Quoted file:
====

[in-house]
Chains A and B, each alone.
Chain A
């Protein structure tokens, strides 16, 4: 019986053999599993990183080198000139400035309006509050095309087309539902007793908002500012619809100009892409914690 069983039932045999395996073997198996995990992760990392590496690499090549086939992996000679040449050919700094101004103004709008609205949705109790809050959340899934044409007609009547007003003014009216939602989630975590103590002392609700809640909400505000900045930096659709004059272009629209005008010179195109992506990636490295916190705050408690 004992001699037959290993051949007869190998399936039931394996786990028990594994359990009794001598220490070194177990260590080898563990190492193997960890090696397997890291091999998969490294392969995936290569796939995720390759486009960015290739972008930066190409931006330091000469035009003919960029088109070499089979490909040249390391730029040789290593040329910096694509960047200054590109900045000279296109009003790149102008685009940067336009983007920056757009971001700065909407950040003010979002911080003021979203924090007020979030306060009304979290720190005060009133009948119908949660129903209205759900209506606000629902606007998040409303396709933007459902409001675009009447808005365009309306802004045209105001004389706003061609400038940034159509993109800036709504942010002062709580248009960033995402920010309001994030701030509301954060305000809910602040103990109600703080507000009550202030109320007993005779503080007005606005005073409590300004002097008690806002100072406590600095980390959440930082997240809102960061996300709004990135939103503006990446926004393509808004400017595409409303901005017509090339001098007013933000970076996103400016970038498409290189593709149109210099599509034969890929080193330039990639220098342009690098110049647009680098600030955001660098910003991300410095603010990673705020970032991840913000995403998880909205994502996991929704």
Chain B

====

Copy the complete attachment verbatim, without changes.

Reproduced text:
[in-house]
Chains A and B, each alone.
Chain A
């Protein structure tokens, strides 16, 4: 019986053999599993990183080198000139400035309006509050095309087309539902007793908002500012619809100009892409914690 069983039932045999395996073997198996995990992760990392590496690499090549086939992996000679040449050919700094101004103004709008609205949705109790809050959340899934044409007609009547007003003014009216939602989630975590103590002392609700809640909400505000900045930096659709004059272009629209005008010179195109992506990636490295916190705050408690 004992001699037959290993051949007869190998399936039931394996786990028990594994359990009794001598220490070194177990260590080898563990190492193997960890090696397997890291091999998969490294392969995936290569796939995720390759486009960015290739972008930066190409931006330091000469035009003919960029088109070499089979490909040249390391730029040789290593040329910096694509960047200054590109900045000279296109009003790149102008685009940067336009983007920056757009971001700065909407950040003010979002911080003021979203924090007020979030306060009304979290720190005060009133009948119908949660129903209205759900209506606000629902606007998040409303396709933007459902409001675009009447808005365009309306802004045209105001004389706003061609400038940034159509993109800036709504942010002062709580248009960033995402920010309001994030701030509301954060305000809910602040103990109600703080507000009550202030109320007993005779503080007005606005005073409590300004002097008690806002100072406590600095980390959440930082997240809102960061996300709004990135939103503006990446926004393509808004400017595409409303901005017509090339001098007013933000970076996103400016970038498409290189593709149109210099599509034969890929080193330039990639220098342009690098110049647009680098600030955001660098910003991300410095603010990673705020970032991840913000995403998880909205994502996991929704």
Chain B